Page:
It is best to buy only a small amount of CUC at this stage since the aquarium is only beginning to get established. Start small and add as there is a need for more CUC. Many online vendors send out premade packages of CUC that contain more creatures than necessary for newly set up tanks. If your CUC is too large, then after a couple of weeks when all the algae in the tank is consumed, many of the organisms perish from starvation. Worse still is their decomposing bodies cause a chain reaction that can actually result in more algae!

This next section has to do with adorning the seahorse aquarium with appropriate foliage, coral or artificial décor. Things to keep in mind are that seahorses spend much of their time hitched and so they should be provided with lots of hitches to choose from. Avoid anything that is sharp and could potentially cut or pierce the ponies’ skin.


Seahorses are influenced by the colors of their surroundings. Hitches chosen in bright yellows, oranges, reds and other colors can possibly encourage those colors in your seahorses. It is not a sure thing because it also has to do with the natural pigments that a seahorse has along with hormonal and other environmental factors. For instance, stress can very definitely impact your ponies’ color. Most seahorse keepers enjoy seeing their herd displaying vibrant colors and choosing colorful hitches can help.


Photo by @FishRForMe


Photo by @baeya

When adorning the seahorse tank the aquarist must decide whether they will use artificial décor, live coral, or a mixture of both. Much of this decision depends on the preferences of the aquarist.

Artificial décor can be very realistic in appearance and natural looking without the hassles of providing the right lighting, food and proper flow. It can be easily cleaned when necessary and is generally more budget friendly than live coral. A tank with artificial coral can immediately have a mature established appearance.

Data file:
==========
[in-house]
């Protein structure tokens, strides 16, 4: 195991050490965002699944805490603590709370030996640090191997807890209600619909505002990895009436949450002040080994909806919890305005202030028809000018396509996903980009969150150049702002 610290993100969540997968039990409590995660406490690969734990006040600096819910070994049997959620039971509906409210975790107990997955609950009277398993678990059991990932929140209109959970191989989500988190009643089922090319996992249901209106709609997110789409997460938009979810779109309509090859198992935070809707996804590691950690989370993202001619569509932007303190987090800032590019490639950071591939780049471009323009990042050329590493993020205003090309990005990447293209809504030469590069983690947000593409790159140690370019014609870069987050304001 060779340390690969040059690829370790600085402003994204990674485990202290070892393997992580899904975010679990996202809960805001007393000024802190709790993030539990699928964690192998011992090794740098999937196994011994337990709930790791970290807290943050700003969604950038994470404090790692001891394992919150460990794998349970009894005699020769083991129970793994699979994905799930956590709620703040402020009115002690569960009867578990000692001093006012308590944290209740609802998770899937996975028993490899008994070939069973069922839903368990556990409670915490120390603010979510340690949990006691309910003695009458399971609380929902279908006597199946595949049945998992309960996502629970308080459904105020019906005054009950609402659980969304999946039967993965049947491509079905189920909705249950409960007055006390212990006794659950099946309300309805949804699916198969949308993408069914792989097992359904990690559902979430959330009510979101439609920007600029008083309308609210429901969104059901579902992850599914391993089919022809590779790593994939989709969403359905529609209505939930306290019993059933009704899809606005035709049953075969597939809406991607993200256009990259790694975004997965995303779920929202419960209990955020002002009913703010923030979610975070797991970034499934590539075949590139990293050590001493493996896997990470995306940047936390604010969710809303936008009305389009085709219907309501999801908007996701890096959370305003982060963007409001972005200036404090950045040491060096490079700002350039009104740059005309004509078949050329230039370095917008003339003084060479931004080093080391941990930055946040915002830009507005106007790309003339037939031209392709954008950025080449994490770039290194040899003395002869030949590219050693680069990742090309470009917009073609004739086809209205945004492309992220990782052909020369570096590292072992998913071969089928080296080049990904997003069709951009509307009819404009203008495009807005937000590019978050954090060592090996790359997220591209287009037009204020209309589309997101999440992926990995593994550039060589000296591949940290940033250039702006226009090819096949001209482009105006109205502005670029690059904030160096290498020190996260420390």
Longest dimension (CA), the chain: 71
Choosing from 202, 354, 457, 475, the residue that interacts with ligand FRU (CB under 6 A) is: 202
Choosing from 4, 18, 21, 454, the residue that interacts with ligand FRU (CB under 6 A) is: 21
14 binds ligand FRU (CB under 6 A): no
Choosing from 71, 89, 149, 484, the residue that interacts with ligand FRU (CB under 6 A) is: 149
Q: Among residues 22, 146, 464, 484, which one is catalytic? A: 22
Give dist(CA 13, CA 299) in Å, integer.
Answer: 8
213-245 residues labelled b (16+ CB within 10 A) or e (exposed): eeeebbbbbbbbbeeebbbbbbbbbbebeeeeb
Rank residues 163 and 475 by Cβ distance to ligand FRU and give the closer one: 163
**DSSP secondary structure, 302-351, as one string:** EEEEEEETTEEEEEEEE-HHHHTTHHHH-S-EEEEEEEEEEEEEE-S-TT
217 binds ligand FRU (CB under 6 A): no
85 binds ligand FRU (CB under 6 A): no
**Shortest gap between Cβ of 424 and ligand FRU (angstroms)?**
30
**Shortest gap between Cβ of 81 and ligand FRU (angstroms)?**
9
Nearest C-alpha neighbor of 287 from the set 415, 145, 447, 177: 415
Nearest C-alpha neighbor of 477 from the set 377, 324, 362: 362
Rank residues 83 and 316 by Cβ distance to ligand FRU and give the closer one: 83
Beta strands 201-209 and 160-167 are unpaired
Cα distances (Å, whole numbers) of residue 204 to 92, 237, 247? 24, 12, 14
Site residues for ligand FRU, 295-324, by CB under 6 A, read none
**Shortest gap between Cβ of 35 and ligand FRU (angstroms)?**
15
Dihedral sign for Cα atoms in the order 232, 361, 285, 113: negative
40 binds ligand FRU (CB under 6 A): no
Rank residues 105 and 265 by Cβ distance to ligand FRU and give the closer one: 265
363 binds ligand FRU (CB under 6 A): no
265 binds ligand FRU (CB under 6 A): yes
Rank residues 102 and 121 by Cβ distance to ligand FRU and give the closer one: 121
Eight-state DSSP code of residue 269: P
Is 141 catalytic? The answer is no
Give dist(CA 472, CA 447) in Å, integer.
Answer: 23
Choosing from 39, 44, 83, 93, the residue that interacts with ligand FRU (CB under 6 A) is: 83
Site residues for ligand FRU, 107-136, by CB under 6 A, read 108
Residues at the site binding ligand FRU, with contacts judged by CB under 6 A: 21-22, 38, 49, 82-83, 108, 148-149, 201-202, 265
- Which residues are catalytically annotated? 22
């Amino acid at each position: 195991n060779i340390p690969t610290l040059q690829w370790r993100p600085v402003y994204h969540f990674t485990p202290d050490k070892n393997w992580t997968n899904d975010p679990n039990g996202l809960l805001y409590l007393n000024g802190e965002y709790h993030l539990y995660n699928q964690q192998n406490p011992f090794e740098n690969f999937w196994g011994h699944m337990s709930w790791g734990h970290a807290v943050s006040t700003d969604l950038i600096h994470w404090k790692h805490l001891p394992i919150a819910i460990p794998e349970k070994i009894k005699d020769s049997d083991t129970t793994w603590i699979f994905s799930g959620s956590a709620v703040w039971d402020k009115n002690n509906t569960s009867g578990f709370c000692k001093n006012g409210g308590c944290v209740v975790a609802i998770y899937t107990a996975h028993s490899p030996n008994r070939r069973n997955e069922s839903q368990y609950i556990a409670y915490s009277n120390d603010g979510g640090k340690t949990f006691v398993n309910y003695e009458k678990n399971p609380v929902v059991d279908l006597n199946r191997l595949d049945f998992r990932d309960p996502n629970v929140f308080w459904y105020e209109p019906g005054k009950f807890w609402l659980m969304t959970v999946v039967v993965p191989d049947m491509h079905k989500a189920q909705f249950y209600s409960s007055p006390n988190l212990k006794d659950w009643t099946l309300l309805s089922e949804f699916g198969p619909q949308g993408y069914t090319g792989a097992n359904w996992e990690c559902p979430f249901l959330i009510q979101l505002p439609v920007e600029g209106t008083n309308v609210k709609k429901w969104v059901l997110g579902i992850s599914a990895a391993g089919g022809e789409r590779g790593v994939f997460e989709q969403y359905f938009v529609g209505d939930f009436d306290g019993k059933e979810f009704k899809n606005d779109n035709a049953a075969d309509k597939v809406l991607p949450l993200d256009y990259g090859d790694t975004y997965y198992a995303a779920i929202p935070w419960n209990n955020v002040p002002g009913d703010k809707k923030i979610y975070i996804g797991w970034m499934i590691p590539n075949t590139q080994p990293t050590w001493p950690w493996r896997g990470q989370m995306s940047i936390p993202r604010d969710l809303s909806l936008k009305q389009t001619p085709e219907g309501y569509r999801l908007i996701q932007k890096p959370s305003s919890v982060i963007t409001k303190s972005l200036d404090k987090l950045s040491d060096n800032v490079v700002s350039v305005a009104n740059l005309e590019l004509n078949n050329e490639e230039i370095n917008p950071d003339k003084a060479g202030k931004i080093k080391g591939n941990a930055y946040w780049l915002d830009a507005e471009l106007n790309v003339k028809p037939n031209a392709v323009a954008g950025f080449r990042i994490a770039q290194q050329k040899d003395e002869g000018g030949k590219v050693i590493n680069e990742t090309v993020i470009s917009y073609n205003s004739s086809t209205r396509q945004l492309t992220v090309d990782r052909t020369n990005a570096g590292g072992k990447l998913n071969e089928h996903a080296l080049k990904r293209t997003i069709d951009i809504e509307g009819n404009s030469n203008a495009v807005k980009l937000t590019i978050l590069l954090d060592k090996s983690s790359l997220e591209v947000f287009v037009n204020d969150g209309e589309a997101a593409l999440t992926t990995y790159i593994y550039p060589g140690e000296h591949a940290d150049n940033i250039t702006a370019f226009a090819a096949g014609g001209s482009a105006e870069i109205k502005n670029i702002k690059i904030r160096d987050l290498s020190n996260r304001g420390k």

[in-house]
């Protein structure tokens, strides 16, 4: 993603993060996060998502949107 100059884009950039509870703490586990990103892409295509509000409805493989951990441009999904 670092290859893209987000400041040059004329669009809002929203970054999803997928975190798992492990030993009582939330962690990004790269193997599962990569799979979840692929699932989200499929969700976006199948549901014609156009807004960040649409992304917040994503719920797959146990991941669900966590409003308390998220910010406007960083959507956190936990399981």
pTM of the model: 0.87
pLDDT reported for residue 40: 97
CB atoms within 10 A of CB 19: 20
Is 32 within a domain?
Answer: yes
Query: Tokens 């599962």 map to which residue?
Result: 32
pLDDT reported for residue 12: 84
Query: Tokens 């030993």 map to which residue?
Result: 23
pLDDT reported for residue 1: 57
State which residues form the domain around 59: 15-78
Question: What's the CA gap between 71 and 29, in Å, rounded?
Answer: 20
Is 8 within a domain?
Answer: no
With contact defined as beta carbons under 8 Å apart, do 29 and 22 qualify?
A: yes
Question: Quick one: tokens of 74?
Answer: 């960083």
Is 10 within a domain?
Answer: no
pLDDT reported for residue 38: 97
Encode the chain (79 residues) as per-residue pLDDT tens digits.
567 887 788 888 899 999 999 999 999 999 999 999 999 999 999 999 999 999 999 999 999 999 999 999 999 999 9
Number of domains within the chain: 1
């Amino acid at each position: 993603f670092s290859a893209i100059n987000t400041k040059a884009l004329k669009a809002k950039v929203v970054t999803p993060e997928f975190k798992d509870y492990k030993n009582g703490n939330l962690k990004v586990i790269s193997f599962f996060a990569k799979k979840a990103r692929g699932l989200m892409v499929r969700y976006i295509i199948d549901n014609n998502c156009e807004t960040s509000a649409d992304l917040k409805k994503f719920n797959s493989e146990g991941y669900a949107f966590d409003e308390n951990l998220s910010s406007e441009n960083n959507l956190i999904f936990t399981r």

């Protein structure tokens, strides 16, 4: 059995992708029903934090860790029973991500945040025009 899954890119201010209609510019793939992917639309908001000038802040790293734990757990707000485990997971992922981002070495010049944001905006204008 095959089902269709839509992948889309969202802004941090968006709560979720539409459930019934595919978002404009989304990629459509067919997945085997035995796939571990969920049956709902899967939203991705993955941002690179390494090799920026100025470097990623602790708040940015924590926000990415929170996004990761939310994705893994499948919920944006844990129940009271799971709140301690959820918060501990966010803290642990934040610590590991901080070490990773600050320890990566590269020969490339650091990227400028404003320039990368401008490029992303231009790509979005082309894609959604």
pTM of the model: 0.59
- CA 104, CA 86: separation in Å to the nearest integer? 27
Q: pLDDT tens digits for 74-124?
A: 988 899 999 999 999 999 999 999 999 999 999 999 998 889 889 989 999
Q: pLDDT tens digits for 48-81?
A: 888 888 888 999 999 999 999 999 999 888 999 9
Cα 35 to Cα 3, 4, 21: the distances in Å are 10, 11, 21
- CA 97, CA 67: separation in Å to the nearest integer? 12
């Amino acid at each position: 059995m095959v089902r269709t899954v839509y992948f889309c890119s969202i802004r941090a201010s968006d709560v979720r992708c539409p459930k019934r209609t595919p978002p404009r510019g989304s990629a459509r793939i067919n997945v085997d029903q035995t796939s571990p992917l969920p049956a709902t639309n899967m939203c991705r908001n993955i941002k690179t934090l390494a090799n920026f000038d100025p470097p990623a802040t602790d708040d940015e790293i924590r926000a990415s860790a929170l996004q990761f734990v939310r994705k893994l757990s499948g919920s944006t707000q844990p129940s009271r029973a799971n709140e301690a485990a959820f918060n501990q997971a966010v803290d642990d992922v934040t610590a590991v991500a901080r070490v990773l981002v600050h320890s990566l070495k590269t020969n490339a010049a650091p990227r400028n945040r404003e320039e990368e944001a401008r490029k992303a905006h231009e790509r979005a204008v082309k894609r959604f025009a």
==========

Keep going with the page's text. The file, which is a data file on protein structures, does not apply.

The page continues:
Photo by @FishRForMe


Photo by @Bethany97

Some aquarists enjoy keeping coral and macroalgae almost as much as fish. They like the natural appearance and the challenge of meeting the needs of live coral and macros. This can add a very satisfying element to keeping seahorses but it does require keeping in mind that the needs of the seahorses must come first. For instance, not all coral are seahorse safe. Seahorses should never share a tank with stinging coral of any kind. Also, the needs of some coral may conflict with the needs of the seahorses. Never compromise the needs of the seahorses to accommodate a particular coral. Good corals to choose for a seahorse tank are leathers, palys, zoas, most mushrooms, xenia, green star polyp, clove polyps, duncans, blastos, pagoda cup, and gorgonians. Most of these are hardy and will thrive in cooler water temperatures. Most macroalgae are seahorse safe and will also do well in water temperatures suitable for ponies. The biggest concern with macroalgae is that it be kept pruned and controlled. Husbandry must be extra diligent when keeping live coral and macros because excess food and detritus can be caught or trapped in them. It is advisable to use a turkey baster or powerhead to blow off all rock, coral and macros at least once a week.